My parents wedding anniversary falls on the 10th of January but I always find myself thinking about it as the month of May approaches each year. It all has to do with my mother’s recollections of how they spent their honeymoon which she related to me on more than one occasion. After their wedding breakfast they hit for the metropolis that is Cork city and stayed for three whole days.
The highlight of my mother’s honeymoon – and this certainly speaks of a more innocent and simple era – was attending a recital in the Cork Opera House given by the renowned Scottish tenor and priest Fr., (later Canon), Sydney MacEwan. She fondly recalled his singing of the Scottish ballads like Loch Lomond, or The Road to the Isles. He sang a selection of Irish songs too including The Galway Shawl and More’s melody; The Meeting of the Waters but it was his rendition of the Queen of the May that she remembered best of all.
Our full hearts are swelling
Our glad voices telling
The praise of the loveliest
Flower of the vale
O Mary! we crown thee with blossoms today
Queen of the Angels, Queen of the May
It made no difference that it was January – the Queen of the May spoke to her heart and stayed in her memory. Perhaps the newly minted bride was making the prayer her own as he sang;
O Virgin most tender,
Our homage we render,
Thy love and protection,
Sweet Mother, to win.
In danger defend us,
In sorrow befriend us
And shield our hearts
From contagion and sin.
It was, I discovered subsequently, Fr. MacEwan’s first public recital since his ordination as a priest and was a fundraiser for the renovation of St. Mona’s Church on Sherkin Island. The Cork Examiner carried an account of the concert the following day in which it reported that “the Cork Opera House resounded to tumultuous rounds of enthusiastic applause as the capacity audience which crammed the theatre ‘to the roof’ expressed their appreciation and admiration of the singing.” Canon MacEwan spent much of his priestly life and ministry in often remote parishes in the Scottish Highlands but he did once admit in an interview that he sometimes preferred a concert audience to a congregation. “People listen to me more attentively in a concert than in a church, “ he said. However it was quite clear his performances were secondary to his religious duties, and after ordination he decreed all concert earnings went to charities.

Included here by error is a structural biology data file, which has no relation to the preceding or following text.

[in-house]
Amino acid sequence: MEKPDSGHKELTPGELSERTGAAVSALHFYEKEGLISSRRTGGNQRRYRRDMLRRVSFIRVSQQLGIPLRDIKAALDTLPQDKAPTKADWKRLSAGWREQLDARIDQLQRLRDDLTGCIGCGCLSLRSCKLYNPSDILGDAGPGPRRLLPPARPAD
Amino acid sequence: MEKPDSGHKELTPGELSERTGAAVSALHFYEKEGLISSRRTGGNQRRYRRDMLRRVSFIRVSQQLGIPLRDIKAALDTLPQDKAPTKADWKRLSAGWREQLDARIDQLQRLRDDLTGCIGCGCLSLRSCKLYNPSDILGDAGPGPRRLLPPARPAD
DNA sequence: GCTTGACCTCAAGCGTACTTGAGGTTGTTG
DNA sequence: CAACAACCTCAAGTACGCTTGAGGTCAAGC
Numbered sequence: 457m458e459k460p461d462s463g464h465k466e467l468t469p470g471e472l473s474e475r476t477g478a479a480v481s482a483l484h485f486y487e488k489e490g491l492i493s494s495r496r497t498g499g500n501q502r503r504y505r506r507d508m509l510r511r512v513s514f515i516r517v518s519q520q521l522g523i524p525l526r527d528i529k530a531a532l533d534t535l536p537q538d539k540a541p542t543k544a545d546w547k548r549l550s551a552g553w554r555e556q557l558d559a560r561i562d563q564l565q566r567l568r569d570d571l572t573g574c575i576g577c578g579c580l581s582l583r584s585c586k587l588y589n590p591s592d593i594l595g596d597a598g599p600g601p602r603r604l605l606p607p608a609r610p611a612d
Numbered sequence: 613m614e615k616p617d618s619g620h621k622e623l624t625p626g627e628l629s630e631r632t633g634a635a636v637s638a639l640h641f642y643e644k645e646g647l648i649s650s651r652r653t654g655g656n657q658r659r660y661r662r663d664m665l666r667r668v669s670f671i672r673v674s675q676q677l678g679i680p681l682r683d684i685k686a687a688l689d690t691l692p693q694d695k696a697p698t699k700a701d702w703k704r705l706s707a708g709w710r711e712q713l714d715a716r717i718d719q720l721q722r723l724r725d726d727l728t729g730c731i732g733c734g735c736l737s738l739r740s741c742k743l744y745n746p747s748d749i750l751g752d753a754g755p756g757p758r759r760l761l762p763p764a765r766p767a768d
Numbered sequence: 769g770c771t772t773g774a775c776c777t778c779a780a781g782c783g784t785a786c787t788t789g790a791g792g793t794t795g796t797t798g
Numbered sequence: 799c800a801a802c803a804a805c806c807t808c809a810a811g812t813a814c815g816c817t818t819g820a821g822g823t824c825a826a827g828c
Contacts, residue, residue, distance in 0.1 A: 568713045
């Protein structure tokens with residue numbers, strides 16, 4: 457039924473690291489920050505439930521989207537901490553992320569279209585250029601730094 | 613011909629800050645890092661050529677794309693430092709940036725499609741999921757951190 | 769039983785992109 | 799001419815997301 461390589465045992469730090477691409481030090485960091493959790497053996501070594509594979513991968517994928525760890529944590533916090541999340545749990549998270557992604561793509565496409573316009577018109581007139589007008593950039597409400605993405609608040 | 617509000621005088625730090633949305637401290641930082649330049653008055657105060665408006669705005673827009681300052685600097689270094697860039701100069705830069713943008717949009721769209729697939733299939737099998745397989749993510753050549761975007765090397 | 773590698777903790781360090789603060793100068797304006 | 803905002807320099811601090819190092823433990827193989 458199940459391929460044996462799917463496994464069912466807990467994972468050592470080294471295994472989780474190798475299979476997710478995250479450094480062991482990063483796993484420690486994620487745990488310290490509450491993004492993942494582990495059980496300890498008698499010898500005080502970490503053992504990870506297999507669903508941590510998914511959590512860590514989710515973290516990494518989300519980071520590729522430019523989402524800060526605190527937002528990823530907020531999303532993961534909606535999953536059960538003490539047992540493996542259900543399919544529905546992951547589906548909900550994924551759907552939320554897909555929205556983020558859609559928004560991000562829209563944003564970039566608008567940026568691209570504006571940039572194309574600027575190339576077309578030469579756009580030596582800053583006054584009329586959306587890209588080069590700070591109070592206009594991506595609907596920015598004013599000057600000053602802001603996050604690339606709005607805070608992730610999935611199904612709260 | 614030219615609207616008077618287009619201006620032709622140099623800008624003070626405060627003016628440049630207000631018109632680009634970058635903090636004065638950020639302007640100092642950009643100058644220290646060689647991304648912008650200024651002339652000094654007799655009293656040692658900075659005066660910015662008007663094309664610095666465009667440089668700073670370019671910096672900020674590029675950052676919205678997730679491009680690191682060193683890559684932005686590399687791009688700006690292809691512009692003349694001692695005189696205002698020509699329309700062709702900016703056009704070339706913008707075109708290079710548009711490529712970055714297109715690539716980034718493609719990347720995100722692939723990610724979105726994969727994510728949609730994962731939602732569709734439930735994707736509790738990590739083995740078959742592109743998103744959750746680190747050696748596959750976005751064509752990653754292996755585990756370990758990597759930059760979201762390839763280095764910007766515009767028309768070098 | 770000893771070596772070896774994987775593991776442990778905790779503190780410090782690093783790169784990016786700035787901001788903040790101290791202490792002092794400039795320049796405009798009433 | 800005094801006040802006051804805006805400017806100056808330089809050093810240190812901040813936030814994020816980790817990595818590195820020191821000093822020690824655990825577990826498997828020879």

I would be confident that as we cross the threshold into the month of May, our churches will resound more than once with flowers of the rarest and blossoms the fairest as the month unfolds. I’m never quite sure if it’s nostalgia or devotion that has the upper hand as even those who never sing in Church find themselves carried away by the chorus. As far back as the 16th Century, Catholics have observed the custom of consecrating the month of May to the Blessed Virgin Mary by special observances. May devotions, the family Rosary, May Altars, May crownings and processions have long formed part of the devotional life of Irish people but are not so fashionable today. I sometimes worry that we have moved from an excess of Marian devotion to a dearth of it. It might be a case of throwing out the baby with the bathwater. Sometimes people have a mistaken or exaggerated understanding of how Catholics regard Mary. This may even happen among Catholics themselves.
I recall once passing the O’Connell monument in Ennis where a group of Evangelical Christians were preaching. Admiring their conviction and witness to the Gospel, I stopped to listen for a few minutes. I was approached by a young man, brandishing his Bible like a Kalashnikov rifle and he asked if I were a Catholic priest. (It may have been the clerical collar that gave me away). When I answered in the affirmative he thrust the Bible into my hand and demanded that I show him where it said in the Bible that we should worship Mary. I gently tried to explain that our Church also teaches that worship belongs to God alone but that we give reverence or veneration to the Blessed Virgin and the Saints. He seemed a little surprised to hear that we do not worship Mary but someone, sometime told him that we do and he never thought it might be otherwise. I thought of Archbishop Fulton Sheen who once said, “There are not one hundred people in the United States who hate The Catholic Church, but there are millions who hate what they wrongly perceive the Catholic Church to be.”
A Mhuire na ngrás, a Mháthair Mhic Dé,
go gcuire tú ar mo leas mé.
Go sabhála tú mé ar gach uile olc,
go sabhála tú mé idir anam is chorp.
Fr. Brendan Quinlivan – Clare Champion Article 29th of April 2022